Guillermo del Toro considers his collections to be essential sources of nourishment and inspiration. He has accumulated hundreds of paintings, drawings, sculptures, books, and specimens over many years, pursuing longstanding passions and making new discoveries. The collection grows organically but not haphazardly, with del Toro fully involved in arranging and maintaining it. Indeed, the filmmaker’s collections are essential to his working process—they constitute his environment and, grouped into thematic libraries, stand for the various genres and subgenres he wanders among as a storyteller.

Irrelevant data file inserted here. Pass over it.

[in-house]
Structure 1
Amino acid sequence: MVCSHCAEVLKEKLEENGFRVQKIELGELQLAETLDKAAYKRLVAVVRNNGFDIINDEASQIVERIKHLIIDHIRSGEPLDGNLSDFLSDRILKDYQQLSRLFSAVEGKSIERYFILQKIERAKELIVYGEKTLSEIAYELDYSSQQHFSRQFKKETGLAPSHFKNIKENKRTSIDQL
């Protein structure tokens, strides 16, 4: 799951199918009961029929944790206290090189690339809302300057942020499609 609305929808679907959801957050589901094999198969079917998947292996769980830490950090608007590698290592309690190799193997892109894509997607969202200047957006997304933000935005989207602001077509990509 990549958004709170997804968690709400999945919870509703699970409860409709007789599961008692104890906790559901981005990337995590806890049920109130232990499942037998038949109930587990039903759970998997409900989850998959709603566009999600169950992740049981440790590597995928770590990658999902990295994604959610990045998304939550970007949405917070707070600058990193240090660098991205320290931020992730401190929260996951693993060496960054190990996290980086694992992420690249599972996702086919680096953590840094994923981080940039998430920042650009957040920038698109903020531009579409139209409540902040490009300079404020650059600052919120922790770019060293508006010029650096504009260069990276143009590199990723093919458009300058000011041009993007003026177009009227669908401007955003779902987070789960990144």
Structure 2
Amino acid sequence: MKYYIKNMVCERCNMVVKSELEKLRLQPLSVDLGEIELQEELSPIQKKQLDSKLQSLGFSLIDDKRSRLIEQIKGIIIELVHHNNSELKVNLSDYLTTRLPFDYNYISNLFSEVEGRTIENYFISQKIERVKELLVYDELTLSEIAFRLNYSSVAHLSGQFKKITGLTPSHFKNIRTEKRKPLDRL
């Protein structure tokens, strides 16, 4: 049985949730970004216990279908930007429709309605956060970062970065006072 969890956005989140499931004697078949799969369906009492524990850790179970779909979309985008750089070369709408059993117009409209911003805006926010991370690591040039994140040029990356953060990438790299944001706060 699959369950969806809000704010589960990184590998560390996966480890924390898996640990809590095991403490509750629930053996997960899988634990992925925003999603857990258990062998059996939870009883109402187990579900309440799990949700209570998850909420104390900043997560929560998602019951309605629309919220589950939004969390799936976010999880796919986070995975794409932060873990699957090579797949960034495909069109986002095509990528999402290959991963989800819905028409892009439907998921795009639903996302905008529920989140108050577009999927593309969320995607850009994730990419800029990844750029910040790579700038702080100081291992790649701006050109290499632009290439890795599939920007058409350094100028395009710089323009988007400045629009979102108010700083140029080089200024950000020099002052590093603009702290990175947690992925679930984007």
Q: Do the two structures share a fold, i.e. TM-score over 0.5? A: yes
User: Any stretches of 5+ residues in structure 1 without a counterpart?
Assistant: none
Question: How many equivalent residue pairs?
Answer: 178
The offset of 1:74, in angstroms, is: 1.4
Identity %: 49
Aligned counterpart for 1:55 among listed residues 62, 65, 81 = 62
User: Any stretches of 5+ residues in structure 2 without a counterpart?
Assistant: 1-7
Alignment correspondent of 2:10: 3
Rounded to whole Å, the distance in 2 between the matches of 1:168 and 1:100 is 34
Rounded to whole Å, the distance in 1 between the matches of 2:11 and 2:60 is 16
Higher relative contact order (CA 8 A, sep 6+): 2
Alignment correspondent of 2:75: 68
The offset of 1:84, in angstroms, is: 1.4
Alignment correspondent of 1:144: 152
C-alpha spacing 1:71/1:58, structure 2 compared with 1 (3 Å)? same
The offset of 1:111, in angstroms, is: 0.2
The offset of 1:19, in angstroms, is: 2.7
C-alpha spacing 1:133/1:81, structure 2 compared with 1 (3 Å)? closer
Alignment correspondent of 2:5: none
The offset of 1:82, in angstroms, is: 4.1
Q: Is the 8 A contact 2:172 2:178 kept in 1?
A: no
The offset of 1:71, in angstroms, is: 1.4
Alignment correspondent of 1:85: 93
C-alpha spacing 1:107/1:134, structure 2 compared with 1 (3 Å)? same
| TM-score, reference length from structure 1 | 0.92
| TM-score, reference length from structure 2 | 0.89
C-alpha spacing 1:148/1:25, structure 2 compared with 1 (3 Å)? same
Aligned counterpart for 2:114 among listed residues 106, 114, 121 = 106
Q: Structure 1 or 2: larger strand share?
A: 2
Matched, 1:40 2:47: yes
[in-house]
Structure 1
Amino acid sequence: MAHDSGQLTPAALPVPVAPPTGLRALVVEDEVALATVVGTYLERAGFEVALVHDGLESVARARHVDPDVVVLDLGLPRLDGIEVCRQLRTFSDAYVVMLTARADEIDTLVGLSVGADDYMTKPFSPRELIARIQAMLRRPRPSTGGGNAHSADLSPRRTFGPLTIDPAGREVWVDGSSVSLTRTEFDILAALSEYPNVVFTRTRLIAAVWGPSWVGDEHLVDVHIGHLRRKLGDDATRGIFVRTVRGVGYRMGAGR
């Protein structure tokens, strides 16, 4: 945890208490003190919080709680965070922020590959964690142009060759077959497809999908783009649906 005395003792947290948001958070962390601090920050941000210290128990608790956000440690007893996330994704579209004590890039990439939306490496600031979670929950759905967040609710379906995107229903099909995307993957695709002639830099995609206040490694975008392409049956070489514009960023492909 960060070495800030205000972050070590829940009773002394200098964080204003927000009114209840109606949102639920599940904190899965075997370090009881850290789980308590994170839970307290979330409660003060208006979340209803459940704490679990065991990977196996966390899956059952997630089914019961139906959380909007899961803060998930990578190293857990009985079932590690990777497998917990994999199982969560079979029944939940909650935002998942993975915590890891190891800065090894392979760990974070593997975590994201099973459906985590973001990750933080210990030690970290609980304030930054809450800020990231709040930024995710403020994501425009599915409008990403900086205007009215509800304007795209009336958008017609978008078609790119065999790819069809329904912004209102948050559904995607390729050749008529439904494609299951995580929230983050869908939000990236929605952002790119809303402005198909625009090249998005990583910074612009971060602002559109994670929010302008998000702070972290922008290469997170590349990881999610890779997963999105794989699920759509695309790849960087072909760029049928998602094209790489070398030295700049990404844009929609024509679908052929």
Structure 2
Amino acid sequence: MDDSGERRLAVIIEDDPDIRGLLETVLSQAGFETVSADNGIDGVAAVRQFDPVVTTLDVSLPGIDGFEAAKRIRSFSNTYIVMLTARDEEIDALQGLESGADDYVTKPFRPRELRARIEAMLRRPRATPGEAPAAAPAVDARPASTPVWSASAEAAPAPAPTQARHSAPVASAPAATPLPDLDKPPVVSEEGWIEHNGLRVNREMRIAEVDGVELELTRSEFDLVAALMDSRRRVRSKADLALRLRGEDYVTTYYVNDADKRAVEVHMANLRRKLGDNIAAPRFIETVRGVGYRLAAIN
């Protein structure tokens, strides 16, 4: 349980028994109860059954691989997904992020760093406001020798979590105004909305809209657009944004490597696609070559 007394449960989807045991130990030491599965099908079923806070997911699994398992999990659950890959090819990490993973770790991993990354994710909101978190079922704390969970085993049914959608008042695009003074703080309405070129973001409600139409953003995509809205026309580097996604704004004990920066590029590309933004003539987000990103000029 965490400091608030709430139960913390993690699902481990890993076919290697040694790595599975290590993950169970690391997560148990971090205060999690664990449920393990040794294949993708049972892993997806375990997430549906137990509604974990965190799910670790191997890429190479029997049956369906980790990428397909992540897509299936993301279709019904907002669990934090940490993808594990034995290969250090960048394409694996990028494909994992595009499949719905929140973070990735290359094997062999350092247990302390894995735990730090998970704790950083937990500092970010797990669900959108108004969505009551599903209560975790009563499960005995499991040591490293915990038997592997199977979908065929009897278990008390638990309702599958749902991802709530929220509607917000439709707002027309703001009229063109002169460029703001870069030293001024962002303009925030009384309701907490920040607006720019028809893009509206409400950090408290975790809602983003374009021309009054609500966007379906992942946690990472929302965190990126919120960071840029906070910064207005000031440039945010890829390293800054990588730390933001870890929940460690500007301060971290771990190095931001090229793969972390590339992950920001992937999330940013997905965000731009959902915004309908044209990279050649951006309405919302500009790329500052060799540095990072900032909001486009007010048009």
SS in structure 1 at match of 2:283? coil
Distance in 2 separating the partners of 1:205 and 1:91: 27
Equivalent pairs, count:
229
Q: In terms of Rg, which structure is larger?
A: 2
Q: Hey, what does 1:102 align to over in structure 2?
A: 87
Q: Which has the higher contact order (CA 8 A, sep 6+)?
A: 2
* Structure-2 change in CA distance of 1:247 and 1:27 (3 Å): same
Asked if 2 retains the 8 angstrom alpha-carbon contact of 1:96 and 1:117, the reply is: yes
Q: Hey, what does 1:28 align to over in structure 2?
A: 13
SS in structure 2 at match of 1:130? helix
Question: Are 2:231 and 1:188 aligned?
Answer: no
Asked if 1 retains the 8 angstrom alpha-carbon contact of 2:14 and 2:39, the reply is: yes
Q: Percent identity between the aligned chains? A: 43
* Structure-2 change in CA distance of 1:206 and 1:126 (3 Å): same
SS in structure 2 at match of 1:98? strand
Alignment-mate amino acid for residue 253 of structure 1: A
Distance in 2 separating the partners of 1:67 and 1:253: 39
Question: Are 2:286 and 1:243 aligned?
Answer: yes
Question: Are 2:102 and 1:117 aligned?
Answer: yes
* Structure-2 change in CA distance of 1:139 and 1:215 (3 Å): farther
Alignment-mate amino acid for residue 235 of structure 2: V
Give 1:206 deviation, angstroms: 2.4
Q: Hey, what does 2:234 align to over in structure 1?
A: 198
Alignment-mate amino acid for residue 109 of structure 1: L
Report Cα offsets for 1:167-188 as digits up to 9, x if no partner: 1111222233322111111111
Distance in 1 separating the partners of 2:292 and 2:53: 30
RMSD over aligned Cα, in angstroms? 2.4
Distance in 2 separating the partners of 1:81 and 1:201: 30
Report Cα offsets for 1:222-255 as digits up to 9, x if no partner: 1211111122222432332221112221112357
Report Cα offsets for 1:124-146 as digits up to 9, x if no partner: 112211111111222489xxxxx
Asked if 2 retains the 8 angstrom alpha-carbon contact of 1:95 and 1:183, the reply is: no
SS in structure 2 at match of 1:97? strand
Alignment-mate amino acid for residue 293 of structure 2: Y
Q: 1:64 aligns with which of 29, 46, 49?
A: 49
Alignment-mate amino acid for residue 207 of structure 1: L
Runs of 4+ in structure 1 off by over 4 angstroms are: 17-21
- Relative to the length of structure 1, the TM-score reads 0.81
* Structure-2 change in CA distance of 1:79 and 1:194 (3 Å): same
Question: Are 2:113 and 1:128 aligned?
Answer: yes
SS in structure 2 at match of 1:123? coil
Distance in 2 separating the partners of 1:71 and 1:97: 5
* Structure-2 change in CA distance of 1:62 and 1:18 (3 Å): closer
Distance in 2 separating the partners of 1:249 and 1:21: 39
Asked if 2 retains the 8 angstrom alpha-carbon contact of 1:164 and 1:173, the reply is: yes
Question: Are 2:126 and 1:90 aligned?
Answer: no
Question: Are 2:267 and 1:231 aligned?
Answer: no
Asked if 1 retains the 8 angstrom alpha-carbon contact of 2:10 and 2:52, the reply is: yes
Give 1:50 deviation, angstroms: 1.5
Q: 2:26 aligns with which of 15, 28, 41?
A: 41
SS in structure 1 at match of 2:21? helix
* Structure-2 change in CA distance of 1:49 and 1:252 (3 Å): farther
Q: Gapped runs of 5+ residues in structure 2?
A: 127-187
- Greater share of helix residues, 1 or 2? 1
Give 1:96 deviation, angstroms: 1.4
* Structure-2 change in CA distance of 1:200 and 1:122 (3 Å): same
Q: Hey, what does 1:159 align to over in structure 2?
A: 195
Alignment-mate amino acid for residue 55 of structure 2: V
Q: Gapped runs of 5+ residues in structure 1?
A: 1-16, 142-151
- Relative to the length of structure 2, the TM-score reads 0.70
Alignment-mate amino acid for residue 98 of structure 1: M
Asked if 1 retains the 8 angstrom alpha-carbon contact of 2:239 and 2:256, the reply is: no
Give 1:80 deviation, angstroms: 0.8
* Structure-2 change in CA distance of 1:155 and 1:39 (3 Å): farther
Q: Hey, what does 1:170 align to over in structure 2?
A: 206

Del Toro’s notebooks, collections, and domestic environment point to the curatorial aspects of his approach to filmmaking. On one level, he carefully constructs and stages his films in the manner of an exhibition. On another level, he fills their plots with commentaries about the social, psychological, and spiritual power of objects. For del Toro, collecting is a fruitful creative activity—one he pursues with awareness of historic precedents and with his own distinct intentions. In Guillermo del Toro: At Home with Monsters, on view at LACMA from August 1 through November 27, del Toro demonstrates the energizing effects of cross-pollination among genres, categories, and disciplines.
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